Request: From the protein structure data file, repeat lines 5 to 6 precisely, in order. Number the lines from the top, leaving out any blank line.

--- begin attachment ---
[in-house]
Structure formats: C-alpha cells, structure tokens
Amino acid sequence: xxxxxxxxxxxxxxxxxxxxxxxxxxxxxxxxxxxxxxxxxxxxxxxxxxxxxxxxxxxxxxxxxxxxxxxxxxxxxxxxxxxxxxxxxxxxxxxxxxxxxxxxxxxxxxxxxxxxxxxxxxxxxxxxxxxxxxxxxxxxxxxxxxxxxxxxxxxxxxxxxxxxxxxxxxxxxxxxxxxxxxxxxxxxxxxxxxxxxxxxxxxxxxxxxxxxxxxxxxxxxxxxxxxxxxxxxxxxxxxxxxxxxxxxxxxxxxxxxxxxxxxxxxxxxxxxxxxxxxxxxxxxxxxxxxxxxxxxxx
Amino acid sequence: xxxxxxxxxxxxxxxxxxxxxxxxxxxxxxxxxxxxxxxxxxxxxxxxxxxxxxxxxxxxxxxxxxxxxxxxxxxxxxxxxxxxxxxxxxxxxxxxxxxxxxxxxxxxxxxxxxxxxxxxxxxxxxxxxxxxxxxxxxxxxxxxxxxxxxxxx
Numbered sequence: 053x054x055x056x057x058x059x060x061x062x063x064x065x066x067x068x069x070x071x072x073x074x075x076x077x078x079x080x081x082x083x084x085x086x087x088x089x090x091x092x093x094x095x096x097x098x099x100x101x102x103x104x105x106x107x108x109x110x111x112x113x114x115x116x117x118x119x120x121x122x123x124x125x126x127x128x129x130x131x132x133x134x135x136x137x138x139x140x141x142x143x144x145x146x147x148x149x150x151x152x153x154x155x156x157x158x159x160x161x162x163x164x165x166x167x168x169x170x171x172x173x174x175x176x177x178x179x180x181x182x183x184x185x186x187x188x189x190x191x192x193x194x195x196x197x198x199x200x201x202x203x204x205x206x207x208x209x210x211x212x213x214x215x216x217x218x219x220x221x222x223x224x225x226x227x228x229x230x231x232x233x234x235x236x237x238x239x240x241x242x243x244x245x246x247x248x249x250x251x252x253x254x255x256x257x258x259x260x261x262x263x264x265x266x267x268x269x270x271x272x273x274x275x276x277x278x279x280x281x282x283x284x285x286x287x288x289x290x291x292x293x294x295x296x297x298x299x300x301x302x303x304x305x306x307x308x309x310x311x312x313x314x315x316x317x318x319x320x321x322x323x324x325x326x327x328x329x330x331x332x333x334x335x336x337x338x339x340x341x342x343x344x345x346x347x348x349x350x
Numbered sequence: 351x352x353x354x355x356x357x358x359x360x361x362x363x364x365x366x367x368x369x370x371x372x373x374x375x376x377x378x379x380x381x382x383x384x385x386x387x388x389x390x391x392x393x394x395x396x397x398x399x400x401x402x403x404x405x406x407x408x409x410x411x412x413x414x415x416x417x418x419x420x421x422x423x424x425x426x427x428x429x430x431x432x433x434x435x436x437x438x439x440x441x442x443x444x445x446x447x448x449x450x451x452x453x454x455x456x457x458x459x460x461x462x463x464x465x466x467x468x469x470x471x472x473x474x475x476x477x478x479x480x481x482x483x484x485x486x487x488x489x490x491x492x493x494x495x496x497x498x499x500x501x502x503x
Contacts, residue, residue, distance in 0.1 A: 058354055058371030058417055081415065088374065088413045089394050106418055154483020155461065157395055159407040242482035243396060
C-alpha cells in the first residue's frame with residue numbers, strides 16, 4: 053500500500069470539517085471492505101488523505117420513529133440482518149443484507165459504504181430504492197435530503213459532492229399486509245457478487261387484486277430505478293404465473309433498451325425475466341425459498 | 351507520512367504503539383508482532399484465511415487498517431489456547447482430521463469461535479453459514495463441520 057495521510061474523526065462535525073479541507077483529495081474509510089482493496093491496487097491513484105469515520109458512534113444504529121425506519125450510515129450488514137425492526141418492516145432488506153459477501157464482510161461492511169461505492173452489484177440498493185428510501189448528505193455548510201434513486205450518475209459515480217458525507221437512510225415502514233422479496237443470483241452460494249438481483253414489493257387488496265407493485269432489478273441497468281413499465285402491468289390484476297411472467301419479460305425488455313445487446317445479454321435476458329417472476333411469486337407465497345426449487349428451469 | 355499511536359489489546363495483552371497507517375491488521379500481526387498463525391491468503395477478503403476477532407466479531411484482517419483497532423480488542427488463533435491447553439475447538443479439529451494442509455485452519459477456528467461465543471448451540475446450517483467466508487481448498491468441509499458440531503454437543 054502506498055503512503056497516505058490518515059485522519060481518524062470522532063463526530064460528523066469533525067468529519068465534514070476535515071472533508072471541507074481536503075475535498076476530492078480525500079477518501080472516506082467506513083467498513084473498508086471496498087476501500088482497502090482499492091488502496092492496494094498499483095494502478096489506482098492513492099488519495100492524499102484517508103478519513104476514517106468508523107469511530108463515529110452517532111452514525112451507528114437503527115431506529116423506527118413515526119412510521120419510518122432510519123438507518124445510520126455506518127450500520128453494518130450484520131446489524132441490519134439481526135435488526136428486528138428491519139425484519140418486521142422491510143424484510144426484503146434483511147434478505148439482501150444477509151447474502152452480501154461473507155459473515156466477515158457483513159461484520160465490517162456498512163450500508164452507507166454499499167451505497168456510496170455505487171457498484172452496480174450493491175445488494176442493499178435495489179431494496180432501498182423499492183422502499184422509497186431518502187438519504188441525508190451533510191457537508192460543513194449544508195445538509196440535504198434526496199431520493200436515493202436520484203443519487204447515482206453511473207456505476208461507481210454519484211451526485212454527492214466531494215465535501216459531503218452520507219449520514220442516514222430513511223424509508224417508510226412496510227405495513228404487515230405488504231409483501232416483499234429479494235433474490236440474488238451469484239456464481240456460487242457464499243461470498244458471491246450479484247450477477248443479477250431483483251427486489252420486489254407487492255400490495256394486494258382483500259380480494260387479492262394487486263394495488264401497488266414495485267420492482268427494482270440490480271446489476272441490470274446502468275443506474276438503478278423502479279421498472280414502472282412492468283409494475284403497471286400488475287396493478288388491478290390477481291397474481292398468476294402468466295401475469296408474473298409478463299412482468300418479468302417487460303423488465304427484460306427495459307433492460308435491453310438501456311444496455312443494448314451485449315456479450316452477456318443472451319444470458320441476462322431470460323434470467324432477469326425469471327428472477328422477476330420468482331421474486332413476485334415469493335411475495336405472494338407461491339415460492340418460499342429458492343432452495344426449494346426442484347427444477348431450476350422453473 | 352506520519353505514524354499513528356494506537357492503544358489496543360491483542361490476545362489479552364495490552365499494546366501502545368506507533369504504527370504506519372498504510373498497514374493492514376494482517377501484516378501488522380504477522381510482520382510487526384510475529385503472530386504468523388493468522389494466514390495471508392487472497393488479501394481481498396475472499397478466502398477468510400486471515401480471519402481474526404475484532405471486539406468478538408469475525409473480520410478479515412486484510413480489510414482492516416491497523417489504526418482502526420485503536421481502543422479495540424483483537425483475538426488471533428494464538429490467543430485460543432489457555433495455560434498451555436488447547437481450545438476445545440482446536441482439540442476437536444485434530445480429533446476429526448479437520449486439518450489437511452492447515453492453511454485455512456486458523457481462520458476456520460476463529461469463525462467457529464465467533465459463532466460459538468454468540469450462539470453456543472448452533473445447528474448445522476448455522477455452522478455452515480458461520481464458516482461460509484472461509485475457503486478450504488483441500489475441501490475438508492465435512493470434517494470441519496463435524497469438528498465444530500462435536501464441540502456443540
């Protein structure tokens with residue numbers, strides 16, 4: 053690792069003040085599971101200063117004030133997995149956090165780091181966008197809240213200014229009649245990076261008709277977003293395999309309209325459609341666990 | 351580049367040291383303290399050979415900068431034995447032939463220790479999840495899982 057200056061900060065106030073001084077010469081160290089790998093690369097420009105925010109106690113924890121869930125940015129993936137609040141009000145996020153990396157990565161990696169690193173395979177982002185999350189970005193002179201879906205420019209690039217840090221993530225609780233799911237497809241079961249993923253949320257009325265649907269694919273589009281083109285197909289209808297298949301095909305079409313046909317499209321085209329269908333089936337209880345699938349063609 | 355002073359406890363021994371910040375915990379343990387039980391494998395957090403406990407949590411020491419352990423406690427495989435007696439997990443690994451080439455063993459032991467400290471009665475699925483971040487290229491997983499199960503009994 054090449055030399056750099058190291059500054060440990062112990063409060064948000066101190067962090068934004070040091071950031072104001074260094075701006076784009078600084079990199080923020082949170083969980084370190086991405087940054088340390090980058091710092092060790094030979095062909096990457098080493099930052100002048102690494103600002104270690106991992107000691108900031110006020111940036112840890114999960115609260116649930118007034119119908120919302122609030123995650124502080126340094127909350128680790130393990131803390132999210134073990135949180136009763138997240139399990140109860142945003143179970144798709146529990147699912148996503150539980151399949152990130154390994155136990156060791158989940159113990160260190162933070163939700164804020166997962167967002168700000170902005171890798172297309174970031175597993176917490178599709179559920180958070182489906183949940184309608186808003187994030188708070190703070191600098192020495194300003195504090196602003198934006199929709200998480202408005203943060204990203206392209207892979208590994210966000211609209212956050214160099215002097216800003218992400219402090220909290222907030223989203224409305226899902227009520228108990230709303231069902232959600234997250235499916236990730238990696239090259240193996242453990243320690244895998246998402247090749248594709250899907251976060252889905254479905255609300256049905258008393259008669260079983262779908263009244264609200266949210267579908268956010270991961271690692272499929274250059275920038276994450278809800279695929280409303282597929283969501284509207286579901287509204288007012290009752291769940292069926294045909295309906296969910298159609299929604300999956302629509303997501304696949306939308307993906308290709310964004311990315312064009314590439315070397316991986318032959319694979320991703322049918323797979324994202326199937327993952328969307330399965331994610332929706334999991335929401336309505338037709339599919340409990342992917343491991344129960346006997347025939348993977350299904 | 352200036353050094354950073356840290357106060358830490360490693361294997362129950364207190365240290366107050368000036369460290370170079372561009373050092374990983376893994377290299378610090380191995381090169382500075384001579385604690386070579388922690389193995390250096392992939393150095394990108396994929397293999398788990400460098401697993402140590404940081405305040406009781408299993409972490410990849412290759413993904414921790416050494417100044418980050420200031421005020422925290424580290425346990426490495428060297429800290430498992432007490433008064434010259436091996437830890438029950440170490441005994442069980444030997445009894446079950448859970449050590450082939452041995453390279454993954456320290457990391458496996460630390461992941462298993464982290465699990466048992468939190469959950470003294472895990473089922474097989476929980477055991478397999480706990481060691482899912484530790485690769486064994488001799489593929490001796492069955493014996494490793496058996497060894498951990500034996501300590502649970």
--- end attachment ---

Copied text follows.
Numbered sequence: 053x054x055x056x057x058x059x060x061x062x063x064x065x066x067x068x069x070x071x072x073x074x075x076x077x078x079x080x081x082x083x084x085x086x087x088x089x090x091x092x093x094x095x096x097x098x099x100x101x102x103x104x105x106x107x108x109x110x111x112x113x114x115x116x117x118x119x120x121x122x123x124x125x126x127x128x129x130x131x132x133x134x135x136x137x138x139x140x141x142x143x144x145x146x147x148x149x150x151x152x153x154x155x156x157x158x159x160x161x162x163x164x165x166x167x168x169x170x171x172x173x174x175x176x177x178x179x180x181x182x183x184x185x186x187x188x189x190x191x192x193x194x195x196x197x198x199x200x201x202x203x204x205x206x207x208x209x210x211x212x213x214x215x216x217x218x219x220x221x222x223x224x225x226x227x228x229x230x231x232x233x234x235x236x237x238x239x240x241x242x243x244x245x246x247x248x249x250x251x252x253x254x255x256x257x258x259x260x261x262x263x264x265x266x267x268x269x270x271x272x273x274x275x276x277x278x279x280x281x282x283x284x285x286x287x288x289x290x291x292x293x294x295x296x297x298x299x300x301x302x303x304x305x306x307x308x309x310x311x312x313x314x315x316x317x318x319x320x321x322x323x324x325x326x327x328x329x330x331x332x333x334x335x336x337x338x339x340x341x342x343x344x345x346x347x348x349x350x
Numbered sequence: 351x352x353x354x355x356x357x358x359x360x361x362x363x364x365x366x367x368x369x370x371x372x373x374x375x376x377x378x379x380x381x382x383x384x385x386x387x388x389x390x391x392x393x394x395x396x397x398x399x400x401x402x403x404x405x406x407x408x409x410x411x412x413x414x415x416x417x418x419x420x421x422x423x424x425x426x427x428x429x430x431x432x433x434x435x436x437x438x439x440x441x442x443x444x445x446x447x448x449x450x451x452x453x454x455x456x457x458x459x460x461x462x463x464x465x466x467x468x469x470x471x472x473x474x475x476x477x478x479x480x481x482x483x484x485x486x487x488x489x490x491x492x493x494x495x496x497x498x499x500x501x502x503x